The Joy Formidable, Wolf’s Law

Kevin O'Donnell

By Kevin O'Donnell

on 01.22.13 in Reviews

“I had a reason but the reason went away,” Ritzy Bryan, frontwoman of Welsh rock group Joy Formidable, sings on “Bats,” amid dense cluster-bombs of distorted riffs and clanging drums. “We keep hanging on, we keep hanging on, we keep hanging on…”

A terrific, noisy follow-up

It’s a deeply poignant moment for Bryan, and one of the most striking on her band’s terrific, noisy follow-up to their breakout debut The Big Roar. Over the last 10 years, Bryan has endured no shortage of personal strife: Her parents have been embroiled in a long, drawn-out divorce, which, she has said, caused her to grow estranged from them. What’s more, her grandfather passed away while they were recording in an isolated cabin in Maine.

Wolf's Law

The Joy Formidable

Not surprisingly, Bryan channels her personal turmoil all over Wolf’s Law, which refers to a 19th-century medicinal law about an animal’s uncanny ability to adapt to injury. The album features raucous anthems that mix My Bloody Valentine-style amp death with Bryan’s assured, loud-and-clear howling.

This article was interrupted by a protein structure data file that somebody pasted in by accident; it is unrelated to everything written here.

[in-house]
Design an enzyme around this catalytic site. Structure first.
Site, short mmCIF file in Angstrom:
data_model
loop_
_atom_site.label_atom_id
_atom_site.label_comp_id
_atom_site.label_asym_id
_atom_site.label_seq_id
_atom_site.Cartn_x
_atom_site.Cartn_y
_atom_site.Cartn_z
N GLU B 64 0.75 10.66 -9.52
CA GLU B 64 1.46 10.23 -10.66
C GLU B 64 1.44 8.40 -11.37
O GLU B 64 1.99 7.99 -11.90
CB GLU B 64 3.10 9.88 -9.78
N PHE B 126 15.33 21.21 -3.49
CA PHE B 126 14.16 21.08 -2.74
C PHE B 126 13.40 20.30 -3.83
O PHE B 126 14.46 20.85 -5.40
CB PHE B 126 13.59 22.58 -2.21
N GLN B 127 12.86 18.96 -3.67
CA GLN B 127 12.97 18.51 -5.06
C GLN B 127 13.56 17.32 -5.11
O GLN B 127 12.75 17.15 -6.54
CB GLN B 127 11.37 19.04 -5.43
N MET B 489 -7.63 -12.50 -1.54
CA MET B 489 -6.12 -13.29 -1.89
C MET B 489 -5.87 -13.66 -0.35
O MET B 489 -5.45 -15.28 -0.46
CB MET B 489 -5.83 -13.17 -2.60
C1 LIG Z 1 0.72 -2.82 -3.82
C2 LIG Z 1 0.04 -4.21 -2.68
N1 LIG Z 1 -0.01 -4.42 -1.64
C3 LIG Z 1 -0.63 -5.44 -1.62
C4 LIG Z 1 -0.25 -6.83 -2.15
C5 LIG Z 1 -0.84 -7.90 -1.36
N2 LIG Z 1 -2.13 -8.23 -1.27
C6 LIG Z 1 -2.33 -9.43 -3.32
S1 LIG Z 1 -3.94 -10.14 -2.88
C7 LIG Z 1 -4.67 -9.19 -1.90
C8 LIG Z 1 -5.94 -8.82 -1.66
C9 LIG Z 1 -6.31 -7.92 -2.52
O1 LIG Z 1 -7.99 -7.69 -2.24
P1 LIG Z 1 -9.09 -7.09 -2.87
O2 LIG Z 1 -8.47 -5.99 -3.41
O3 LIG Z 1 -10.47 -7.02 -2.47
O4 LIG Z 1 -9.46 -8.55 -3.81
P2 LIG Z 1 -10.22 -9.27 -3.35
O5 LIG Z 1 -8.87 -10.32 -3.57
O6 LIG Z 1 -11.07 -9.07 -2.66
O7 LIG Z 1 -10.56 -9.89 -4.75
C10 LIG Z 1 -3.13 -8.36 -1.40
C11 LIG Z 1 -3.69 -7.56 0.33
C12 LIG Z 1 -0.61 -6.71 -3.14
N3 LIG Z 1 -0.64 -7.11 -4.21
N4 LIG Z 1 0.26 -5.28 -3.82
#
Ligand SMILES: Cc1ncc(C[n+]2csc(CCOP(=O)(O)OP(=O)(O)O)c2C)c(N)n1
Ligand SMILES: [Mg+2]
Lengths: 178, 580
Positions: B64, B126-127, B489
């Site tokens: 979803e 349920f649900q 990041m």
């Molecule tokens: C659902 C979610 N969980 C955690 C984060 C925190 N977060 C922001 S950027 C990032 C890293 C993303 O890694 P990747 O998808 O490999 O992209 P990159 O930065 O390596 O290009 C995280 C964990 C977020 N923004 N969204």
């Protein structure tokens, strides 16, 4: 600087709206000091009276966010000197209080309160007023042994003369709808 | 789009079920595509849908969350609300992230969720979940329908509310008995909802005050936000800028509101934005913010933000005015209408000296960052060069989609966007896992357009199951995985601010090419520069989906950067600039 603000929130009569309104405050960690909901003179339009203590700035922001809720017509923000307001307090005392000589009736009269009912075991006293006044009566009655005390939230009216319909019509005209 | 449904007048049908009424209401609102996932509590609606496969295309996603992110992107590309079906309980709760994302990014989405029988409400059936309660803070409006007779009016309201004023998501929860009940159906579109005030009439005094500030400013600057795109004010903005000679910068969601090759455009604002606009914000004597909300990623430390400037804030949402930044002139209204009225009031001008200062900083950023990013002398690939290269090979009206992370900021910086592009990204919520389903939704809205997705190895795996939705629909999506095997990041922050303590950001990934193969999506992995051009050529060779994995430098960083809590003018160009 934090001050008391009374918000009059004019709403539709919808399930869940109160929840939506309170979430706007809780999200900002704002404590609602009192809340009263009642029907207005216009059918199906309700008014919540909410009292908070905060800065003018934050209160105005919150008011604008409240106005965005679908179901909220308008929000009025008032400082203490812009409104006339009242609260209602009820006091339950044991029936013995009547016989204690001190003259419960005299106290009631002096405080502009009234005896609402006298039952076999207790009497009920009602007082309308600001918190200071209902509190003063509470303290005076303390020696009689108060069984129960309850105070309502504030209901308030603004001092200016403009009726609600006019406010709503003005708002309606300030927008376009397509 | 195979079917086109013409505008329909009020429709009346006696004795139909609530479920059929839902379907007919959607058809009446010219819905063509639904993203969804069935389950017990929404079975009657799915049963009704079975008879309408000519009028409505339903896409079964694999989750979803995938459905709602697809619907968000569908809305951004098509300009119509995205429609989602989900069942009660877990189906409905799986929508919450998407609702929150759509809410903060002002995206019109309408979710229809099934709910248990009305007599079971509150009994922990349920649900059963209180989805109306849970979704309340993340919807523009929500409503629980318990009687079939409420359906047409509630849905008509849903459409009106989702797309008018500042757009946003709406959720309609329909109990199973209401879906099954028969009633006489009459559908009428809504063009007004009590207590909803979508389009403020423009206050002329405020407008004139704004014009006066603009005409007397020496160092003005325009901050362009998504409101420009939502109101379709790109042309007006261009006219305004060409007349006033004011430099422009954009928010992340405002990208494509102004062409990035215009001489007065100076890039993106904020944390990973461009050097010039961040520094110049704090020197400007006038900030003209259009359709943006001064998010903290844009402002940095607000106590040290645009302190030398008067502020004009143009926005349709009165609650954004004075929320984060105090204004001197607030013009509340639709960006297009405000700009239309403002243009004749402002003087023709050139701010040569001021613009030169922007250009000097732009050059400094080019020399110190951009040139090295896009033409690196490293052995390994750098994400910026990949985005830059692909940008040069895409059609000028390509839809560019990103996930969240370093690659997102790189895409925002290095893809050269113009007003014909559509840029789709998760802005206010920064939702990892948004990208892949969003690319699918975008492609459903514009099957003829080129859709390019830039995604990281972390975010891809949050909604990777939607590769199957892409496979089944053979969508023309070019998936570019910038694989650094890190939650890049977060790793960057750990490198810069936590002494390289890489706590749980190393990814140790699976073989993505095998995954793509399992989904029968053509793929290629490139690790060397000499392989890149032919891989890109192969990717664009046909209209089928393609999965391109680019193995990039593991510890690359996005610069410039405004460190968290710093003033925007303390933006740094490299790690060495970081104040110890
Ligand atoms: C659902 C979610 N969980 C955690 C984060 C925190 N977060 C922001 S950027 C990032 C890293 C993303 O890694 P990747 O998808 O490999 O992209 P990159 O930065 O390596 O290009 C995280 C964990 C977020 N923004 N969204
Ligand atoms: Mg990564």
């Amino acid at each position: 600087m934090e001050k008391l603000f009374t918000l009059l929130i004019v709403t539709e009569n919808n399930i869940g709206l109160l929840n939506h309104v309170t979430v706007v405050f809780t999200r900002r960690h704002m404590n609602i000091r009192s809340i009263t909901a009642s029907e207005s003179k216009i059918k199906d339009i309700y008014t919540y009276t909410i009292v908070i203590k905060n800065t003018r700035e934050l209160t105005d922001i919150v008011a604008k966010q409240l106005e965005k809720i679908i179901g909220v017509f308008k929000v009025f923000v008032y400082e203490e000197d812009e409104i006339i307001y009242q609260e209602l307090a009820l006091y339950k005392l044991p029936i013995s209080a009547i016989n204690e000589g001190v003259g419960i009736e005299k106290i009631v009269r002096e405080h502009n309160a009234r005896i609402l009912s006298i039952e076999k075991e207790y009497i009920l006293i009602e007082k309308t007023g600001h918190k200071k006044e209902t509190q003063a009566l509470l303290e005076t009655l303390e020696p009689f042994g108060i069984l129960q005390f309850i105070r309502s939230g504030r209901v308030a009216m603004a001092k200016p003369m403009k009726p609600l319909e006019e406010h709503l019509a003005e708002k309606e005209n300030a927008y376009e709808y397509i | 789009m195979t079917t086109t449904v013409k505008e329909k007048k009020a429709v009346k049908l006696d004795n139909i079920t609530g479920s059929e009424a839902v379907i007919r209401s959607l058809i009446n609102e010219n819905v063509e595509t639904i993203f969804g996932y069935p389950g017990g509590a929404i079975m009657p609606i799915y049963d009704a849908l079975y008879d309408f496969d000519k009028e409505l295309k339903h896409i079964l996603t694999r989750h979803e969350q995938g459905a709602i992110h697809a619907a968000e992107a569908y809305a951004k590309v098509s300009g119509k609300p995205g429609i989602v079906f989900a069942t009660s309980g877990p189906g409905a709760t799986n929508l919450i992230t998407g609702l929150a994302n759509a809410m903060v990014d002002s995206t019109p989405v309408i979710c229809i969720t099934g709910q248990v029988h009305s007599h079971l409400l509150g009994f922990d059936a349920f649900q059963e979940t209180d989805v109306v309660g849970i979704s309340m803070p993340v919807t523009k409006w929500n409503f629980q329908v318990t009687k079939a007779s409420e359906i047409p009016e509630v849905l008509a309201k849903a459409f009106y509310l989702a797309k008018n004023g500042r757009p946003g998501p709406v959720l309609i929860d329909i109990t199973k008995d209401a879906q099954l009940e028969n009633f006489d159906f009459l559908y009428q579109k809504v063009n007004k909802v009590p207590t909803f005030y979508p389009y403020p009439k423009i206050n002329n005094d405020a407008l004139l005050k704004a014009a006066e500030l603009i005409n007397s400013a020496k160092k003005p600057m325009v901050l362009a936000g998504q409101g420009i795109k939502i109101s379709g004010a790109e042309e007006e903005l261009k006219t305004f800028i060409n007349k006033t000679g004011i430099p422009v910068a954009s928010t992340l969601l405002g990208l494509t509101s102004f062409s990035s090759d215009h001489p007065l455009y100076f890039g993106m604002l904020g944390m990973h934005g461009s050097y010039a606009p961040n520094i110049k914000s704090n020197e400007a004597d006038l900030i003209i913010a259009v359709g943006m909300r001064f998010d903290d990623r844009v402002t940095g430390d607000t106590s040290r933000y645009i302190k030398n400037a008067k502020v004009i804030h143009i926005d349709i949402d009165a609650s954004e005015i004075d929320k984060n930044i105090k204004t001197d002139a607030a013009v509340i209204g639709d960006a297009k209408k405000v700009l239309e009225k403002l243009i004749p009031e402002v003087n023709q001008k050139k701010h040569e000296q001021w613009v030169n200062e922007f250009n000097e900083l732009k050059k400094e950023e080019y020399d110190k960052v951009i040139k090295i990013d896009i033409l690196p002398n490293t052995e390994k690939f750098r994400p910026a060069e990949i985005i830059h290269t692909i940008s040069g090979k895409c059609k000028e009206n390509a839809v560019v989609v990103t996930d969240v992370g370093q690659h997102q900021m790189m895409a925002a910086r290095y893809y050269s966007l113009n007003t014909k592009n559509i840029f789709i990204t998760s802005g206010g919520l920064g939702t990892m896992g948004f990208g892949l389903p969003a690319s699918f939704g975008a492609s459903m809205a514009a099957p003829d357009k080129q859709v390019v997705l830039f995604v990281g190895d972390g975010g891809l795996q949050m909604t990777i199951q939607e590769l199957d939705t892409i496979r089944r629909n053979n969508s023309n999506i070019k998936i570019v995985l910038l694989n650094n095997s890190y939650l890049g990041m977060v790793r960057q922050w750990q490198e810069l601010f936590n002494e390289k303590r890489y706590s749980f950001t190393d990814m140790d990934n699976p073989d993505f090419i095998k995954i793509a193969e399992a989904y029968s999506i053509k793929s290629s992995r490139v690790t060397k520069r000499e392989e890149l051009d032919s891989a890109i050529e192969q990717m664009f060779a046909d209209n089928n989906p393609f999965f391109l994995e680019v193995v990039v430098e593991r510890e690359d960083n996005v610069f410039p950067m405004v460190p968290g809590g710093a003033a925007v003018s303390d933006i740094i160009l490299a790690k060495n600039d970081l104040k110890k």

While nothing matches the epic reach of their six-minute breakout “Whirring,” Joy Formidable show a breathless energy over 50 minutes, particularly on “Maw Maw Song,” which veers from a Led Zep-style stomp into a steady, pulsing jam worthy of Neu!. As Joy Formidable prove, sometimes the best way to deal with the awful shit in your life is to strap on a guitar and crank up the noise.